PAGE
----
Along with worry over the high costs of college and housing, many Californians say there are ways to succeed without college.
That’s according to a new poll published this week by the Public Policy Institute of California.
Nearly half of adults and 55 percent of likely voters say there are “many ways to succeed without a college education.” But political affiliation and demographics indicate a split in opinion on the role of higher education.
- Half of Democrats agree college is necessary; 67 percent of Republicans and 59 percent of Independents say there are other ways to succeed (about 45 percent of the state’s registered voters are Democrat and 25 percent are registered Republican).
- Latinos, Asian-Americans and African-Americans are more likely than whites to view college as necessary.
Mark Baldassare, president and CEO of PPIC, said the perception of college is also affected by income levels.
“Individuals in the lower-income categories were more likely to say college is the path forward for success,” he said. “I think that Californians with higher incomes … are more likely to take it for granted and think that other attributes are necessary for success.”
But despite roughly half of the population thinking higher education isn’t necessary for a successful life, “Californians view higher education as very important for their state’s future and that is an attitude that cuts across political, regional, and racial and ethnic categories,” said Baldassare.
Eighty percent of adults say the state’s higher education system is very important “to the quality of life and economic vitality of the state,” the poll found.
For Californians, “the biggest concerns are over the cost of higher education, rather than the quality of higher education,” Baldassare said.
On college affordability, 75 percent of adults say the price of attendance “keeps students who are qualified and motivated to go to college from doing so.” Along those lines, more than 60 percent of adults believe the state is not spending enough on higher education. However, about half the state’s adults say they are unwilling to pay more in taxes to raise money for public higher education.
On whether the state’s higher education system is “generally” going in the wrong direction, 45 percent of adults and 53 percent of likely voters say it is, while 46 percent of adults and 37 percent of likely voters believe the state is moving in the right direction.
Despite those results, more than 60 percent of adults and likely voters give high marks to the state’s three public higher-education systems — The University of California, The California State University and the California Community Colleges.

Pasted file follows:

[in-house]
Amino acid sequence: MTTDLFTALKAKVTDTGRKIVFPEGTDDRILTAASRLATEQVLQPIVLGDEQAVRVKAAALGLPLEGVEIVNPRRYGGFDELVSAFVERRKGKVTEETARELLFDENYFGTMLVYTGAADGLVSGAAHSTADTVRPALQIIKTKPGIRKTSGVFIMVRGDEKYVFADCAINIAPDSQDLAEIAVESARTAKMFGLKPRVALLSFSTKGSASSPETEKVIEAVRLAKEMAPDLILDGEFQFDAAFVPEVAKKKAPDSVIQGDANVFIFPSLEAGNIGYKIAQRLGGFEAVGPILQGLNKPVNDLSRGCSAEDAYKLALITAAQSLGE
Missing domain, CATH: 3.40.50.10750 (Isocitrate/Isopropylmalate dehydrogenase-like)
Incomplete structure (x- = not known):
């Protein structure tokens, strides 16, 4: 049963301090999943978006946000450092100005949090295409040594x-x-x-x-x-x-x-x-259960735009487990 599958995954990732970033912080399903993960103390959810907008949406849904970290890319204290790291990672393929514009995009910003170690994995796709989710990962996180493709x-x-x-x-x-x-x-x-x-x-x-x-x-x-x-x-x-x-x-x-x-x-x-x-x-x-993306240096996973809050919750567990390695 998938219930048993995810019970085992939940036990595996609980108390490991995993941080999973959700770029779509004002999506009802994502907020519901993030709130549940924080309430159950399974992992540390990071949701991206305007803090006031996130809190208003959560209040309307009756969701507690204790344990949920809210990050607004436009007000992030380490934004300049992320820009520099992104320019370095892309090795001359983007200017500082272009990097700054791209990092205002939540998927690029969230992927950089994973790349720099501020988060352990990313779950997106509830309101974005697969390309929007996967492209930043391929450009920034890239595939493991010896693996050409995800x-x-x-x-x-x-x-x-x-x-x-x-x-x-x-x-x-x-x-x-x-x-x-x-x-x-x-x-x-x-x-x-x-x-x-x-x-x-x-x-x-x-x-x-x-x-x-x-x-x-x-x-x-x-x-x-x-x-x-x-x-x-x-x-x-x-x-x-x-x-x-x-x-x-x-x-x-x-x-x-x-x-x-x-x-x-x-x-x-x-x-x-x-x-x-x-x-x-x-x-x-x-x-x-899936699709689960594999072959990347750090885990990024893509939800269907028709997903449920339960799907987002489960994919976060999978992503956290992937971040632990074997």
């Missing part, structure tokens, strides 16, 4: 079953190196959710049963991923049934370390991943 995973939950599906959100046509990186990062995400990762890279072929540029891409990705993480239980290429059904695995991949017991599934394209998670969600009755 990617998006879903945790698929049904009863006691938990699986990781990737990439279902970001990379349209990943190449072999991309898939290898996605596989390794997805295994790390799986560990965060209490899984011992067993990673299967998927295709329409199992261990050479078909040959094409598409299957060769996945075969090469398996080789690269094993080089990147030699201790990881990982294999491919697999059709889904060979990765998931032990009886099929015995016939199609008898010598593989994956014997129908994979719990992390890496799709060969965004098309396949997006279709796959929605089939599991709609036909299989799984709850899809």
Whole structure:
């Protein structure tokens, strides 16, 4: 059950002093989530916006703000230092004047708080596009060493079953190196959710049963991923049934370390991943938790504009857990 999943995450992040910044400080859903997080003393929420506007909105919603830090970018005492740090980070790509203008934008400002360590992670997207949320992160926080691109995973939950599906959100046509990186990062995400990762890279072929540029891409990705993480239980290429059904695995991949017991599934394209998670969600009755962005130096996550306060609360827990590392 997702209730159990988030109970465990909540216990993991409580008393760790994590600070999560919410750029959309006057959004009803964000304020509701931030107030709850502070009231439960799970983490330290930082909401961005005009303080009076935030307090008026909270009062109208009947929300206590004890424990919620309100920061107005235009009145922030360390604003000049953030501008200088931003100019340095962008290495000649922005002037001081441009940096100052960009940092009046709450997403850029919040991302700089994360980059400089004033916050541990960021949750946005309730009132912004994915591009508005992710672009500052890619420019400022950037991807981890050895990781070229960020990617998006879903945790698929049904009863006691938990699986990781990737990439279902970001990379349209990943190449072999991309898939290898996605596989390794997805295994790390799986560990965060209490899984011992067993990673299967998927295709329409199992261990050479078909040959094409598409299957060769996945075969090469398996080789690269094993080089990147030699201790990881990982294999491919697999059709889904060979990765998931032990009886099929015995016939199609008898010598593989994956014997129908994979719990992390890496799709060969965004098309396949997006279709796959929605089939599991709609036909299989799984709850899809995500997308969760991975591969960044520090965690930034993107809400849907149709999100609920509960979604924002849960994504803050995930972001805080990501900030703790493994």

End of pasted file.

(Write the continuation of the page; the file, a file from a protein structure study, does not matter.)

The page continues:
“This paradox would not be possible if it weren’t for the fact that in the minds of California adults, quality is not the issue, cost is the issue,” Baldassare said. While “people feel good about the quality of public higher education in California,” he added, they view the fiscal headwinds in creeping housing prices and other affordability issues as problems. Recently the governor approved a package of bills to address the state’s housing shortage, though many experts say those actions alone aren’t enough.
Underscoring that point, 59 percent of adults said colleges and universities are having a positive effect on the nation — echoing a similar finding this July by the Pew Research Center. Like that national poll, Democrats were much more likely than Republicans to hold this view, 70 percent to 38 percent.
The state’s adults also seem to view the California’s political leaders as lacking on matters of higher education.
While most voters approve of Jerry Brown’s role as governor, 45 percent of adults and just 39 percent of likely voters approve of his handling of higher education. The results are similar for the state’s lawmakers: Forty-one percent of adults and 35 percent of likely voters.
Like a Pew poll from 2016 and EdSource’s own state survey from last month, Californians hold vocational certificates in high esteem. Roughly eight in 10 adults said that both a certificate in a professional, technical, or vocational field and four-year degrees prepare a student somewhat well or very well. A smaller share — 58 percent — say that a two-year degree does the same.
To Baldassare, career and technical education is “an important element of higher education that maybe sometimes doesn’t get as much attention as it should.”
The poll has a margin of error of 3.3 percent for adults and 4.1 percent for likely voters.